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Torture and Truth: America, Abu Ghraib, and the War on Terror Paperback – October 31, 2004
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Danner's 580-page book is divided into three parts. The first consists of three essays he wrote on the Abu Ghraib scandal in 2004. In them, he cites U.S. military personnel who estimate that 70 to 95 percent of the Iraqis they arrested were detained by mistake. Most were nabbed in night-time "cordon and capture" sweeps and had no intelligence value. Yet, military intelligence soldiers, under enormous pressure to combat a mounting Iraqi insurgency, worked with military police to squeeze "actionable intelligence" out of the detainees. The soldiers urinated on prisoners, threatened to rape them, sodomized them with sticks and chemical lights, deprived them of sleep, beat, kicked, and slapped them, and restricted their breathing with hoods. The rest of Danner's book consists of other essays he wrote about the war in Iraq, photos of the abuses and the texts of official reports and memos that, in grim detail, catalog both the torture and the U.S. policies that made it possible. Abu Ghraib, Danner writes, is just the tip of the iceberg. --Alex Roslin
From Publishers Weekly
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Top Customer Reviews
There was sadism at Abu Ghraib. There was a breakdown in law and order at Abu Ghraib. There was a breakdown in discipline at Abu Ghraib. This, of course, puts our entire Country and our entire military at risk.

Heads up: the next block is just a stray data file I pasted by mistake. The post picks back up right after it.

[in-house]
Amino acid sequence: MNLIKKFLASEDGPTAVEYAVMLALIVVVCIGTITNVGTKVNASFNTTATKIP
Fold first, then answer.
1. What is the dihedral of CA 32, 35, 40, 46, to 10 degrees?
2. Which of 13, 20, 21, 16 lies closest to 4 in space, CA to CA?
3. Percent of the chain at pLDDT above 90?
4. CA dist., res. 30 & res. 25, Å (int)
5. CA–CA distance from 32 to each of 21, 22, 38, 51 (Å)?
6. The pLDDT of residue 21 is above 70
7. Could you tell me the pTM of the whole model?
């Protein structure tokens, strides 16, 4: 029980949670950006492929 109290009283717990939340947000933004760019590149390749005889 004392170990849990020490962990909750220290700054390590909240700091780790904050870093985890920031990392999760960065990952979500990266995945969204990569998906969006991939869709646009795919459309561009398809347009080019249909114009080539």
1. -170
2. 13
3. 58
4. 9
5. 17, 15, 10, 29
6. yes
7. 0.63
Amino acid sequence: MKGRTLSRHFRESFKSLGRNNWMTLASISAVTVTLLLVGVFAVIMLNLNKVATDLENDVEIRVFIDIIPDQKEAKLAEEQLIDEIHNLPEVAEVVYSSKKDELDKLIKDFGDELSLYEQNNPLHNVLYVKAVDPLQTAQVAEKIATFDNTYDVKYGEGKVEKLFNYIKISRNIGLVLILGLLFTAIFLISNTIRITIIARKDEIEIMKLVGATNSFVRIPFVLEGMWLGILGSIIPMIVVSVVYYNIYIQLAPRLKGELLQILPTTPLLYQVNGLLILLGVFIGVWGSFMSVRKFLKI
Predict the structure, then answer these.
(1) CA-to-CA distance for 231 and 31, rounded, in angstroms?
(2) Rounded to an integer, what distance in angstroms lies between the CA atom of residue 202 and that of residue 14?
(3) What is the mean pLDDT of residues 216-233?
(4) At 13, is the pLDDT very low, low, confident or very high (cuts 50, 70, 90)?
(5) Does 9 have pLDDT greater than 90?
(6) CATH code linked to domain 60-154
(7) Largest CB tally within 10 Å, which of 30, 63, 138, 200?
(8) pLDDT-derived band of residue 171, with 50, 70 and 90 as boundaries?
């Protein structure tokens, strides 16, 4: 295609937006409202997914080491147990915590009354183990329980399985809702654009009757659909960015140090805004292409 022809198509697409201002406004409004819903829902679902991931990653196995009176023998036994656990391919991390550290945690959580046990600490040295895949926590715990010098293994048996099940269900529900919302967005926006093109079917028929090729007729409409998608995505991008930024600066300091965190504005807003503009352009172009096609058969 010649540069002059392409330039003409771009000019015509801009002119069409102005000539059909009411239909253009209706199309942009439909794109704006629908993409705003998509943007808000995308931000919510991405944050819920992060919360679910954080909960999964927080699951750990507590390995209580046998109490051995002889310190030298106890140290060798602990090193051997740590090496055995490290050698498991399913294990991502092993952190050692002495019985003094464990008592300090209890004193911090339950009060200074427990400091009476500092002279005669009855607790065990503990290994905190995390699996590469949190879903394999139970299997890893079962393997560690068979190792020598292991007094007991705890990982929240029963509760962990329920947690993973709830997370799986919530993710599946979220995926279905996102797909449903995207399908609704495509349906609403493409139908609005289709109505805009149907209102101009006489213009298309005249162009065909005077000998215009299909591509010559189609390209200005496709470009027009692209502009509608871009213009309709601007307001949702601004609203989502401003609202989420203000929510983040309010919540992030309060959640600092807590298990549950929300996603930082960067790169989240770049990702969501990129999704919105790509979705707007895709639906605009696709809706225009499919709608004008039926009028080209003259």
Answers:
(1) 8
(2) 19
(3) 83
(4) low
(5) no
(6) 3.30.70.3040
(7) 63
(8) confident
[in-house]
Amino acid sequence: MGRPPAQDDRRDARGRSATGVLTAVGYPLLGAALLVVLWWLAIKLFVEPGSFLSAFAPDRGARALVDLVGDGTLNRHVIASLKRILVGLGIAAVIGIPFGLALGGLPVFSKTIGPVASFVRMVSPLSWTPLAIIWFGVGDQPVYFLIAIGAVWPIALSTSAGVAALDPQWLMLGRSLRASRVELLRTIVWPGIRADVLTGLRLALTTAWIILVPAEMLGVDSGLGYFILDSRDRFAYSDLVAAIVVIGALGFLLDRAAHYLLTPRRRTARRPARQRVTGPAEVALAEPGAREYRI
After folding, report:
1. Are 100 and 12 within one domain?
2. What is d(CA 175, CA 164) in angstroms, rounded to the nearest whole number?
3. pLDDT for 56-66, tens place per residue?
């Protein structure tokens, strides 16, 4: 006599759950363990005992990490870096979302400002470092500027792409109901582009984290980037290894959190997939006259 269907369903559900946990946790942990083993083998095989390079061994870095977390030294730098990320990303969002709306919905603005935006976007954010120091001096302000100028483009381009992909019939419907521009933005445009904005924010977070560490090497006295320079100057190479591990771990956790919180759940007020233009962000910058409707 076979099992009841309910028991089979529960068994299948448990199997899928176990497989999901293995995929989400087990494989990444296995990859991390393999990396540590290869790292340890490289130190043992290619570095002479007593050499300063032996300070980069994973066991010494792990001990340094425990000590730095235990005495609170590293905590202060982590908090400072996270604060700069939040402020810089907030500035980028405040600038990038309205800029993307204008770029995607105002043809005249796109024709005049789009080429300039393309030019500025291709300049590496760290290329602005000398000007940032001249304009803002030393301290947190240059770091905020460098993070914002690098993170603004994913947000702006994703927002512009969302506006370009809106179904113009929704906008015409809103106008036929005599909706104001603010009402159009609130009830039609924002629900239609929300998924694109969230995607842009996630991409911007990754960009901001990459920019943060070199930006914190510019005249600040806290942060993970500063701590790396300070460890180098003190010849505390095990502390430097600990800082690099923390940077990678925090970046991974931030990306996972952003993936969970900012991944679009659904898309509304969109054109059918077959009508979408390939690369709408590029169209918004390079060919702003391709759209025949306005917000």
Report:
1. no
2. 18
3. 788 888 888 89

Not only is the torture wrong, but, beyond that, torture is ineffective and many of the prisoners at Abu Ghraib had no intelligence value in the first place. Torture is very harmful to our Country politically speaking. It is certainly the case that any information that was obtained by torture would be overshadowed by the political damage caused by the activities.
What becomes apparent is that torture was considered even before we started taking prisoners or that there was "actionable intelligence" to be gained from them. Colin Powel's State Department sends a flurry of memoranda attempting to convince the Bush administration to act within the rules of the Geneva Convention. The Departments of Justice and Defense, the Office of Legal Counsel, and Bush's own lawyer write the opposite. The forces against Powell are strong. Afghanistan is declared a failed state, the Geneva Convention will be observed but not practiced, and torture is given such a narrow definition as to allow almost any practice short of permanent injury or death.
What doesn't need to be looked at in detail are the pictures of Americans acting as barbarians.Read more ›
Most Recent Customer Reviews
I followed the instructions just think it was posted.
I even looked at customer reviews and saw there was one review which said to wait 40 seconds until you hear clicking… The... Read more
Interesting reading with a new perspective of what happened over there.Published 18 months ago by Cynthia A Bowers
use it for my homeland security classes its a great book to have see the positives and negatives of the situation at Abu GhraibPublished on March 14, 2014 by what